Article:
IMO, I think it's possible that we see a split into 2 types of football. one being the full contact version we know and love and the other being more controlled with a focus on safety.
It'll turn into sarcastiball within the decade.
I've been thinking for a while that the NFL was reaching a crisis point. Is the entertainment of the masses worth the injury to human life? At what point will pressures to be non-violent make a violent sport uninteresting?
I don't know that the NFL will cease to exist. At the least, if its popularity drops off then they'll find a niche audience.
One of my pet predictions is that the NFL and possible college football will make every player fall under a determined BMI in order to be eligible to play. I think we have only stared to see the ramifications of the proliferation of 300+ lbs players in the 90's. IMO we are going to see a shocking number of players from that era die young.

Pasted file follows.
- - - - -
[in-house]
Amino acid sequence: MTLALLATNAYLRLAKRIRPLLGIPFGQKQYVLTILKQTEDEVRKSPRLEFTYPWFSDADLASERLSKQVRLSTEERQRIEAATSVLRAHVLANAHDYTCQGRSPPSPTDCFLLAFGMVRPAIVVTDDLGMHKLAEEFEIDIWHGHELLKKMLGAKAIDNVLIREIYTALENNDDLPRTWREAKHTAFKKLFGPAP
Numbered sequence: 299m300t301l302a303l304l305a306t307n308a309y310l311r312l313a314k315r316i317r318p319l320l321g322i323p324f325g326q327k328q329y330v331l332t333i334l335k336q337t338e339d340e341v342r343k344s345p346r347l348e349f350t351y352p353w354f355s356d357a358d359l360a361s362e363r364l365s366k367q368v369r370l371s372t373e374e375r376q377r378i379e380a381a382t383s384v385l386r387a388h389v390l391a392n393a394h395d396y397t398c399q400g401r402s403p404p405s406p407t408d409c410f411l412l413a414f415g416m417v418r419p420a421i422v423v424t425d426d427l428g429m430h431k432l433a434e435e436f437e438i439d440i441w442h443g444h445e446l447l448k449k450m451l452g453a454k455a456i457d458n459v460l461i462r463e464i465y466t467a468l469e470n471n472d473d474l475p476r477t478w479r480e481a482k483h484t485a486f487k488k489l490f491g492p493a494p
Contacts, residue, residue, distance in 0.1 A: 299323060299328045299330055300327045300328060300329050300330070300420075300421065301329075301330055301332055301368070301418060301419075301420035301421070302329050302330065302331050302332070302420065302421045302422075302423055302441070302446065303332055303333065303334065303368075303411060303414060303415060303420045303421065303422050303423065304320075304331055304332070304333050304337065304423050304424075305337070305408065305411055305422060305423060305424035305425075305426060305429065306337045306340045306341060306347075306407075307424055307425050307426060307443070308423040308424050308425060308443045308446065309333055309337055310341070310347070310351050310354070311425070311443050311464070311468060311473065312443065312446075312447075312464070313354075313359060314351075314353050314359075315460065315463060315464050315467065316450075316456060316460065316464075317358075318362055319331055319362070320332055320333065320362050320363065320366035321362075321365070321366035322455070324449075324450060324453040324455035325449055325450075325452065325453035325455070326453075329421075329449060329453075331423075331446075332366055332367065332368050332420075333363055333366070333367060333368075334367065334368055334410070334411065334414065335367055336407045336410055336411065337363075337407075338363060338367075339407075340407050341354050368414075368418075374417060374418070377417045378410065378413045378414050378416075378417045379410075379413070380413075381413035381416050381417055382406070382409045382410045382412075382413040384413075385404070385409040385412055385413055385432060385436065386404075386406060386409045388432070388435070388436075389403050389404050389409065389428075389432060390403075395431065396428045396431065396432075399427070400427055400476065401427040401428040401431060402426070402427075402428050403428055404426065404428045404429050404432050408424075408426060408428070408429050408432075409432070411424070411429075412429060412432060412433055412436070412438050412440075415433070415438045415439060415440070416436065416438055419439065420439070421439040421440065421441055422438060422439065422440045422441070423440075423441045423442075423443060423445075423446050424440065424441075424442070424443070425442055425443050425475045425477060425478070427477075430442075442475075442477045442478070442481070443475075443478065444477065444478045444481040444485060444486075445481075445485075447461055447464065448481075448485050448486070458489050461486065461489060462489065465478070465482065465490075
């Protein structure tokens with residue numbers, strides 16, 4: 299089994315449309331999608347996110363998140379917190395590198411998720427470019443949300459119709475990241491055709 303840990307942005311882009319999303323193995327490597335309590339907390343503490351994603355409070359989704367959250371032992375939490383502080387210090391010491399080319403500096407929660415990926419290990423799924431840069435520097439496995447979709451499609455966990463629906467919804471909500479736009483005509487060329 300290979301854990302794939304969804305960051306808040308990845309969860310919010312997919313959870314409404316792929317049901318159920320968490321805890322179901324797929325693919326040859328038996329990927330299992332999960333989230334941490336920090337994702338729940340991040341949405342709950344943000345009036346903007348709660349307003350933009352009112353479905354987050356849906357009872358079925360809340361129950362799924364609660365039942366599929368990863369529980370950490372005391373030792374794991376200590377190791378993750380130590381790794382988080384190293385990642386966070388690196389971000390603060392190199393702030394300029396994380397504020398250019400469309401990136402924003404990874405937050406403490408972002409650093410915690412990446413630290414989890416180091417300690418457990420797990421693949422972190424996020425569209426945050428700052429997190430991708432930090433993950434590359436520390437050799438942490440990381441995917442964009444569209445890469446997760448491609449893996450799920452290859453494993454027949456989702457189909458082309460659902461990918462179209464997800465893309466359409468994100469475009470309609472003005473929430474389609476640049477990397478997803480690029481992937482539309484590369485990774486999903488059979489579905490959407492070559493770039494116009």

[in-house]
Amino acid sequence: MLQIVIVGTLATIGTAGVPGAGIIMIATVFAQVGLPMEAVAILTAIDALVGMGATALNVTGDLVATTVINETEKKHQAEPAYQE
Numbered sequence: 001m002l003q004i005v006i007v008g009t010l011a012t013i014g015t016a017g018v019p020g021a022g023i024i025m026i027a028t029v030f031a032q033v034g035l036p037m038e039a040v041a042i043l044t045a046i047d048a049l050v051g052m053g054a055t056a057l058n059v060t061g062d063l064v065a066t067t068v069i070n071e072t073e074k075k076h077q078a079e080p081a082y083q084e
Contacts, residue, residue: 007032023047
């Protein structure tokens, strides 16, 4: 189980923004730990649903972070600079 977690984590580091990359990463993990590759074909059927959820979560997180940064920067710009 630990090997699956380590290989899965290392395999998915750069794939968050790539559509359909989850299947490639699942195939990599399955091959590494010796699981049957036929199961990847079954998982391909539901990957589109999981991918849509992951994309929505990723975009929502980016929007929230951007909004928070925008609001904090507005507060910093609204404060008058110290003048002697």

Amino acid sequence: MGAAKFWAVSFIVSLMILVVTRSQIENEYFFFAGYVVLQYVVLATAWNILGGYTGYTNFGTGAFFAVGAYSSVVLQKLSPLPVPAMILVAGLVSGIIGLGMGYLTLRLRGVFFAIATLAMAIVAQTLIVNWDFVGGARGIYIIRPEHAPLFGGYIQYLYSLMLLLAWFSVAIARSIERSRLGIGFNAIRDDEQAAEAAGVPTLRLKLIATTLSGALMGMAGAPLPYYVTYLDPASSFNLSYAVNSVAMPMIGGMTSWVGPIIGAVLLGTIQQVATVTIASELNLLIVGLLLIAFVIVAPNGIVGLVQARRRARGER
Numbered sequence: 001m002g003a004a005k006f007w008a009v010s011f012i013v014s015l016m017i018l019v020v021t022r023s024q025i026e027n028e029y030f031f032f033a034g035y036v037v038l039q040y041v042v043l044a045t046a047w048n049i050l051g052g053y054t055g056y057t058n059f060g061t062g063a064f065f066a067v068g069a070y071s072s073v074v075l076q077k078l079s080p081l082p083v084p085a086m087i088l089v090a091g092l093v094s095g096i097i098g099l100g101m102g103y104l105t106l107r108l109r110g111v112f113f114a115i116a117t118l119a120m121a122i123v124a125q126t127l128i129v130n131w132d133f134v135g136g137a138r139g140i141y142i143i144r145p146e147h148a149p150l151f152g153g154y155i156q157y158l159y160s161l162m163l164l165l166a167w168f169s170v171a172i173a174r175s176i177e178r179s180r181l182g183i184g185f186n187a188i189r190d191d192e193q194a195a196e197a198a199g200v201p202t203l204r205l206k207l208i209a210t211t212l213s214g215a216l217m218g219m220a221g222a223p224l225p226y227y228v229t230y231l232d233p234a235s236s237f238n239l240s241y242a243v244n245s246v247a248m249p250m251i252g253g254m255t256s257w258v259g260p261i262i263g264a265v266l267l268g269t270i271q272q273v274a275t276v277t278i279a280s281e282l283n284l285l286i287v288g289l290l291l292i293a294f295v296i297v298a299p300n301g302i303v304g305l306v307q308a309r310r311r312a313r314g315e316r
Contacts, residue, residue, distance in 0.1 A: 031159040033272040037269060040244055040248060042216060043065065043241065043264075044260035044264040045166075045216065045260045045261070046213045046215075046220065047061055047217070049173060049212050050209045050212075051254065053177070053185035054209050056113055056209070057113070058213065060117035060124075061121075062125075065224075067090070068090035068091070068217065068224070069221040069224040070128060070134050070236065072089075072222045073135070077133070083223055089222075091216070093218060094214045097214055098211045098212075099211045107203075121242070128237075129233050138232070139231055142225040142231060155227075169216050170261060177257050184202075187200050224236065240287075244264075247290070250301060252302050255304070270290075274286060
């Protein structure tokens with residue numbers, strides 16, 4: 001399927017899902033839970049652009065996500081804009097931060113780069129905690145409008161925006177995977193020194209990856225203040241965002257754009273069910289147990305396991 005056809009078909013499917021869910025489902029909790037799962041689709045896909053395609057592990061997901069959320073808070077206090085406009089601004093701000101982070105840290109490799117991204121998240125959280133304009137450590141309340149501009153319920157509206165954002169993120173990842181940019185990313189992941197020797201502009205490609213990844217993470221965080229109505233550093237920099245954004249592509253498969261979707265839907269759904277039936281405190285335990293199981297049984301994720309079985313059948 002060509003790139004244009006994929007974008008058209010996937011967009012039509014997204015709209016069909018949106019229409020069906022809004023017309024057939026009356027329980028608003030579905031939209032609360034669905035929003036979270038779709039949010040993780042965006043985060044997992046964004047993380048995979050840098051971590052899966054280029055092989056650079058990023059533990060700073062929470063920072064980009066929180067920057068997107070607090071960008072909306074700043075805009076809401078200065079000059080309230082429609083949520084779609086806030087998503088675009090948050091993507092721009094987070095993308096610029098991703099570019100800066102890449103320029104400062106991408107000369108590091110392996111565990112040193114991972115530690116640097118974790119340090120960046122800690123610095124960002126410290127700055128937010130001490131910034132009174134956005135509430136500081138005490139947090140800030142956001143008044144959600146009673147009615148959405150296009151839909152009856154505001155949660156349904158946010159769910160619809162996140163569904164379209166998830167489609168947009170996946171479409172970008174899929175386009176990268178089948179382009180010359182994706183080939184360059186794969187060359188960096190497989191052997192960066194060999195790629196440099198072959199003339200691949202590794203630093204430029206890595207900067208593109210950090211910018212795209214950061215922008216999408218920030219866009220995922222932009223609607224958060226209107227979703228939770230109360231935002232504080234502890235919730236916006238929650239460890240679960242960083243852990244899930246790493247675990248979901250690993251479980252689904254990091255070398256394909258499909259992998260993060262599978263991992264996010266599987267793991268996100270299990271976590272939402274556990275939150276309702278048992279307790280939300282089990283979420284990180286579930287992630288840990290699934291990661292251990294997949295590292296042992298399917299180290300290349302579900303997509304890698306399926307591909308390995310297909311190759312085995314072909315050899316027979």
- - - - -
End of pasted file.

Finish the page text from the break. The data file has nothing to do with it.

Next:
Football reached this point more than 100 years ago and Teddy Roosevelt saved it. There was mention that someone may die on the field someday - well in 1905, 18 players died in that year alone. Football was a lot closer to going away then, and it didn't make nearly the money it does now.
IMO, this is what will happen again. Football will change to make things safer, but IMO it will not die or become a niche market. They may make it illegal to hit a receiver in the air, or only allow below the waist tackling (spitballing here). Something will change, but football will not disappear. There is waayyyyy too much money to be made and its way to popular to die off.
A good article on Roosevelt and football is here.